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Lord Stoddart of Swindon: My Lords, I congratulate the noble Lord, Lord Pearson of Rannoch, on his persistence and watchfulness over this Bill. He should be thanked for bringing forward the amendment tonight. I shall not keep the House long, but I find disturbing the fact that the Federation of Small Businesses, which represents 135,000 businesses, was not properly consulted about the Bill and its provisions. As we have seen in previous legislation--for example, that relating to small abattoirs--the failure to consult and to take into account the real problems of small businesses has resulted in many being closed down. I am sure that the FSB is most concerned that that may happen to many of its members as a result of the Bill. I sincerely hope that my noble friend can reassure the House that that will not be so.
I should like the Minister to recount exactly why no response was made to the FSB's representations and to say whether the Government will examine the methods by which they consult on all matters, particularly those related to the European Union, with small businesses and not merely large transnational companies. It is an important point. Small businesses are worried. After all, this country is run on small businesses which are entitled to be treated far better than has been the case over the past 20 years. Their interests are important.
Baroness Blatch: My Lords, I, too, associate myself with the personal comments made about the Minister. I, too, admire the way in which he carries out a busy portfolio, the expert way in which he does so, and the courtesy he shows to this House. I stood in his shoes when the 1990 Environmental Protection Act went through this House. I look back on the Act as a seminal piece of legislation in terms of the way in which it brought about a substantial improvement in the environment. There was further evidence of that only this week in the reference in the Environmental Protection Agency report to continuing improvement over the past decade. That is largely due, I believe, to the 1990 Act. What is it that was not in the Act that needs to be put into legislation in order to conform with the European directive?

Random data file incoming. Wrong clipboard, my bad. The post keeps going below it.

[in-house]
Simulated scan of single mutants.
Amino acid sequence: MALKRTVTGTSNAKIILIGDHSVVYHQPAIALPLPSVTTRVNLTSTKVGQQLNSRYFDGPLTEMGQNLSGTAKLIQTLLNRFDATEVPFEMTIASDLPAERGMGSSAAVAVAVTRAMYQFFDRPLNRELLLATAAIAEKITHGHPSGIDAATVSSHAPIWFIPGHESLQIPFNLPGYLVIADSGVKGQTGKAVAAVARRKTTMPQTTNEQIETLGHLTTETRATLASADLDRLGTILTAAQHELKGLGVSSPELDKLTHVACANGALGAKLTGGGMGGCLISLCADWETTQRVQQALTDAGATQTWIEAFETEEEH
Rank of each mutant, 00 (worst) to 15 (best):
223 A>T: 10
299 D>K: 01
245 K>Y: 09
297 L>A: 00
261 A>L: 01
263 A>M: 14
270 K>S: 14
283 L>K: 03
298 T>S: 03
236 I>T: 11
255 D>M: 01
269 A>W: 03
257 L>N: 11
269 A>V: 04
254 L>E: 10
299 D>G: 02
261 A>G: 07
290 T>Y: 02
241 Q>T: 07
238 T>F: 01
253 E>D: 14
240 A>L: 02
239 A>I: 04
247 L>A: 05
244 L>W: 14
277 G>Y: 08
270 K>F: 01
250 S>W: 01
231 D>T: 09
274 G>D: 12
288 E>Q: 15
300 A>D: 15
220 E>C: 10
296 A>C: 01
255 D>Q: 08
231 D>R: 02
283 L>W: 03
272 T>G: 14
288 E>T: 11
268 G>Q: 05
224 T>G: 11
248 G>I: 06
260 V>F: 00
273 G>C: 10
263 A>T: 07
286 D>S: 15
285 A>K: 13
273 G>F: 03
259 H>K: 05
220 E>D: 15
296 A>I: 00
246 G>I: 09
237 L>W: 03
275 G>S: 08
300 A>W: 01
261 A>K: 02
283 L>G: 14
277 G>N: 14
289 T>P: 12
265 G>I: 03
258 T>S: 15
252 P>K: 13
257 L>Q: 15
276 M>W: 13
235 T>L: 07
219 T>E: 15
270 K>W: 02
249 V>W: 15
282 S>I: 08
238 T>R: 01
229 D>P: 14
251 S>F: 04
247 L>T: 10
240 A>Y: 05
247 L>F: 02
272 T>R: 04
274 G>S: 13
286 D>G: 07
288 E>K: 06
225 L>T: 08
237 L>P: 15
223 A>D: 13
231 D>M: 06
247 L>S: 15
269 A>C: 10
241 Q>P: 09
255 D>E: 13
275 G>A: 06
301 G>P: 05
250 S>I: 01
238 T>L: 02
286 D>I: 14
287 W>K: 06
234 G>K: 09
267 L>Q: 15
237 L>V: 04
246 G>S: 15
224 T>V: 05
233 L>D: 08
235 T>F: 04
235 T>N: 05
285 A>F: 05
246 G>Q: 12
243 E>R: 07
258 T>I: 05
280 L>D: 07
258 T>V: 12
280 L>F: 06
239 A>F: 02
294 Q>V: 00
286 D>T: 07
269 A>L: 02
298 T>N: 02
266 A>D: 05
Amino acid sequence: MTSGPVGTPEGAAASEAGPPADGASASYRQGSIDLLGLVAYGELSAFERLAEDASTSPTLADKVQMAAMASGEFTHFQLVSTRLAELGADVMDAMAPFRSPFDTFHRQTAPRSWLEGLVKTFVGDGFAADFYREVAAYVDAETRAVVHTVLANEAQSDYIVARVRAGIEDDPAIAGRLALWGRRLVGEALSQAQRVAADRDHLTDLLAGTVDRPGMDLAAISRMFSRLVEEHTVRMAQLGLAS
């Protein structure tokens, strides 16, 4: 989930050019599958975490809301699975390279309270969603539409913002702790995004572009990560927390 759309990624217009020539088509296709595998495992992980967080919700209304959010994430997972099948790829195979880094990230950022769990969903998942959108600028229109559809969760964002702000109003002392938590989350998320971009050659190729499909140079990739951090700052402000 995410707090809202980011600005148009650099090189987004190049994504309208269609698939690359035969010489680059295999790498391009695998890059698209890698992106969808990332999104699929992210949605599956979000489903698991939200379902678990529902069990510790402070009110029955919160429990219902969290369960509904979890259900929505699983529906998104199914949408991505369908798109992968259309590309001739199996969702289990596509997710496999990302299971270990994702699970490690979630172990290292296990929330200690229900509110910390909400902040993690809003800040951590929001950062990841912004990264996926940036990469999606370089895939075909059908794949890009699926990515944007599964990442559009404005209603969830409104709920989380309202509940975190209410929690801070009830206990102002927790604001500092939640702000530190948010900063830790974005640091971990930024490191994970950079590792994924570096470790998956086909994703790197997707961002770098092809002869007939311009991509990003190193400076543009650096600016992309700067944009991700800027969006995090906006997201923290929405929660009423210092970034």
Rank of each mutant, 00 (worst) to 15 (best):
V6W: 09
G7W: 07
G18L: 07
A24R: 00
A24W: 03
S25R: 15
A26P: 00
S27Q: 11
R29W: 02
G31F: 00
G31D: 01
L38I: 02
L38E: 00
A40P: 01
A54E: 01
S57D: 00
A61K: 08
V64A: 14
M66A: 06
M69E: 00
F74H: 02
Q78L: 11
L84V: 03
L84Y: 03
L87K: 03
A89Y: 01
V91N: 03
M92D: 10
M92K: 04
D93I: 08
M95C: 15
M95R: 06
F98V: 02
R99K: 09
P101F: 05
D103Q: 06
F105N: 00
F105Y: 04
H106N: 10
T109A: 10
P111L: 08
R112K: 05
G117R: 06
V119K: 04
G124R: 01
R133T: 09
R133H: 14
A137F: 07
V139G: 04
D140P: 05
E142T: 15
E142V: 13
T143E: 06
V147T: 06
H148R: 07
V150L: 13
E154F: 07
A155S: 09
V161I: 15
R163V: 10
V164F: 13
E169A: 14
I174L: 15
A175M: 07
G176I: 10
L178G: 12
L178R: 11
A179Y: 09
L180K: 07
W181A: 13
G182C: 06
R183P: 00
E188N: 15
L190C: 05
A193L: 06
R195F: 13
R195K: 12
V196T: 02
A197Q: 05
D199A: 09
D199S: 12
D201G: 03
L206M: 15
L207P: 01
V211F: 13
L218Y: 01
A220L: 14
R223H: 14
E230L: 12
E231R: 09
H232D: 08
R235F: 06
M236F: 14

The BATNEEC principle, which I have always supported, is necessary as a protection for small and vulnerable businesses. The whole point was to ensure that firms would not go out of business as a result of improvements deemed necessary by the regulators when the choice was a matter of survival--complying with their obligations under the Act or going out of business and jobs being lost. A perfectly reasonable principle (BATNEEC) was included in the Bill in order to give people time to negotiate a way in which they could improve their industrial and working processes which did not entail such a financial burden that jobs and/or the company were lost to the economy. Why are the Government so reluctant to see that principle in its entirety reintroduced in this Bill?
I agree entirely with the noble Lord, Lord Stoddart of Swindon. European directives, often well intentioned, are often considered in isolation one from the other by Parliament. Almost without exception, they are considered without early discussion in their formulation. They are born of commissions in the vaults of the European Community and when we become aware of them it is usually too late to do anything. They have been agreed by endless groups of officials of countries and tacitly agreed to by Ministers and the Commissioners, who will have given birth to them in the first place. By the time European directives come before this House, which does a good job in scrutinising European legislation, it is usually too late for Parliament to act.
Dealing with them in isolation, we as a Parliament fail lamentably to consider the impact of all the burdens placed on business and commerce as a result of different directives and the tendency for us to gold-plate almost everything we do. Therefore, I strongly support my noble friend who wishes to import BATNEEC into the Bill. Can the Minister say why we have probably the most unsatisfactorily drafted Bill before the House? It is a poor and dangerous substitute for that part of the